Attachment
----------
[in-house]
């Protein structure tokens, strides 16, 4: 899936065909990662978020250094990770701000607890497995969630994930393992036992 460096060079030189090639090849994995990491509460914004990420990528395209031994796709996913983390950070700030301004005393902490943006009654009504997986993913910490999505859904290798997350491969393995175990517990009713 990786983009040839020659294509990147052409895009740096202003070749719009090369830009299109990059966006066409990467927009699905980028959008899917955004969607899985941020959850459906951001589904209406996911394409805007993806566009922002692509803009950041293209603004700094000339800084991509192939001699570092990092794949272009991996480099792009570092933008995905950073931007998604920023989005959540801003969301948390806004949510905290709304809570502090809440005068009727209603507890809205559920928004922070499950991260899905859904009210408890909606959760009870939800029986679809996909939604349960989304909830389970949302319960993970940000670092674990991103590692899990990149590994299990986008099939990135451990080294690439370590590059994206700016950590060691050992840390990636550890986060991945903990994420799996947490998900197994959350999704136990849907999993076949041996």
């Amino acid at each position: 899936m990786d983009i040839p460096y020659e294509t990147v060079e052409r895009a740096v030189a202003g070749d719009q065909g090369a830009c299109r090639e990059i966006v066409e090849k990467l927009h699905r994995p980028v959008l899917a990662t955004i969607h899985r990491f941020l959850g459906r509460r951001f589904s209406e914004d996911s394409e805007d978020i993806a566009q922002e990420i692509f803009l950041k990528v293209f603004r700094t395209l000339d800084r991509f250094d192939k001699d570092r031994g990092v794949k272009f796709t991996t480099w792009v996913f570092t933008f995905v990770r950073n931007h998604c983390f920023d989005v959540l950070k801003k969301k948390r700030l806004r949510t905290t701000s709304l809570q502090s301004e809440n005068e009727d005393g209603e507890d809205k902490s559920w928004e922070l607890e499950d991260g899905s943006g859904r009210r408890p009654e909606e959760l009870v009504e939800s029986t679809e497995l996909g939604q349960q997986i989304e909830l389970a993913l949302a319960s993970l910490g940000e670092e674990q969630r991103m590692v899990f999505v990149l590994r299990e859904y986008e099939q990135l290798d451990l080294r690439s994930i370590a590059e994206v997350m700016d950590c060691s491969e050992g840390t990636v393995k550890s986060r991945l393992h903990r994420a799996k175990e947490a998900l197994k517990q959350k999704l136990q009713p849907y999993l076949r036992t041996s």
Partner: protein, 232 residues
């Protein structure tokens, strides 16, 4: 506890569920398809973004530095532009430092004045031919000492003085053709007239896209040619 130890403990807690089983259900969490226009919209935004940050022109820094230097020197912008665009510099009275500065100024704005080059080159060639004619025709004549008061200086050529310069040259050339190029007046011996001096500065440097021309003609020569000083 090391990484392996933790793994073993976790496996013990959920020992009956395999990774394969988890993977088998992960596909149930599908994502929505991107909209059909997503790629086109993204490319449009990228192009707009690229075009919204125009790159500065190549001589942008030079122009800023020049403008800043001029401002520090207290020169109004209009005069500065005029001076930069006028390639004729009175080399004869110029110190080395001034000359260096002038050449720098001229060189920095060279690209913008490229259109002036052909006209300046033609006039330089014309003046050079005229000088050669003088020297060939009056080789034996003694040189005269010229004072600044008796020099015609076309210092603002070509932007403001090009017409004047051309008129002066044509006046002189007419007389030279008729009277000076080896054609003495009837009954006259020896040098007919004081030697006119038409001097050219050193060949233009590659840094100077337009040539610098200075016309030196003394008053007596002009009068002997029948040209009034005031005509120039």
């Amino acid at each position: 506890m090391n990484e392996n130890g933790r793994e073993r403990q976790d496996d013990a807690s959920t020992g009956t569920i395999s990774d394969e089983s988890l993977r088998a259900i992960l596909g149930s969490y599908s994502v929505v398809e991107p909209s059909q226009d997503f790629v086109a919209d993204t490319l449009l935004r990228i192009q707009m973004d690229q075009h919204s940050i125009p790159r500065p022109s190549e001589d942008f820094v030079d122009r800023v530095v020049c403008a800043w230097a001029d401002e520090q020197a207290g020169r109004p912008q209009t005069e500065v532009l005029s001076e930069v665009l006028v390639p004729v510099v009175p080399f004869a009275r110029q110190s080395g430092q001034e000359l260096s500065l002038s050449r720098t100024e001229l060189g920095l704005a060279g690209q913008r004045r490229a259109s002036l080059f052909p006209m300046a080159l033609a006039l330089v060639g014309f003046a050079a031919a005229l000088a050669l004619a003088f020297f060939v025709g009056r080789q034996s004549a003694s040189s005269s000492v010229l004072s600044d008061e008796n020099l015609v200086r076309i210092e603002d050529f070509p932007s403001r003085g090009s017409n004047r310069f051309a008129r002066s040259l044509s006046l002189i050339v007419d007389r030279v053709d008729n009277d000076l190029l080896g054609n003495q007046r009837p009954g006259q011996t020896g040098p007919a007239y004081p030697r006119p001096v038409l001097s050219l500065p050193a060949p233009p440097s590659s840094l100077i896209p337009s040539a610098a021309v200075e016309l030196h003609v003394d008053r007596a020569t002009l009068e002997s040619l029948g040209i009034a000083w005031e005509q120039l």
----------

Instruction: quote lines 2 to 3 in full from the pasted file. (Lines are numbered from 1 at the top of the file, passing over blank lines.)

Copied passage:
């Protein structure tokens, strides 16, 4: 899936065909990662978020250094990770701000607890497995969630994930393992036992 460096060079030189090639090849994995990491509460914004990420990528395209031994796709996913983390950070700030301004005393902490943006009654009504997986993913910490999505859904290798997350491969393995175990517990009713 990786983009040839020659294509990147052409895009740096202003070749719009090369830009299109990059966006066409990467927009699905980028959008899917955004969607899985941020959850459906951001589904209406996911394409805007993806566009922002692509803009950041293209603004700094000339800084991509192939001699570092990092794949272009991996480099792009570092933008995905950073931007998604920023989005959540801003969301948390806004949510905290709304809570502090809440005068009727209603507890809205559920928004922070499950991260899905859904009210408890909606959760009870939800029986679809996909939604349960989304909830389970949302319960993970940000670092674990991103590692899990990149590994299990986008099939990135451990080294690439370590590059994206700016950590060691050992840390990636550890986060991945903990994420799996947490998900197994959350999704136990849907999993076949041996």
């Amino acid at each position: 899936m990786d983009i040839p460096y020659e294509t990147v060079e052409r895009a740096v030189a202003g070749d719009q065909g090369a830009c299109r090639e990059i966006v066409e090849k990467l927009h699905r994995p980028v959008l899917a990662t955004i969607h899985r990491f941020l959850g459906r509460r951001f589904s209406e914004d996911s394409e805007d978020i993806a566009q922002e990420i692509f803009l950041k990528v293209f603004r700094t395209l000339d800084r991509f250094d192939k001699d570092r031994g990092v794949k272009f796709t991996t480099w792009v996913f570092t933008f995905v990770r950073n931007h998604c983390f920023d989005v959540l950070k801003k969301k948390r700030l806004r949510t905290t701000s709304l809570q502090s301004e809440n005068e009727d005393g209603e507890d809205k902490s559920w928004e922070l607890e499950d991260g899905s943006g859904r009210r408890p009654e909606e959760l009870v009504e939800s029986t679809e497995l996909g939604q349960q997986i989304e909830l389970a993913l949302a319960s993970l910490g940000e670092e674990q969630r991103m590692v899990f999505v990149l590994r299990e859904y986008e099939q990135l290798d451990l080294r690439s994930i370590a590059e994206v997350m700016d950590c060691s491969e050992g840390t990636v393995k550890s986060r991945l393992h903990r994420a799996k175990e947490a998900l197994k517990q959350k999704l136990q009713p849907y999993l076949r036992t041996s």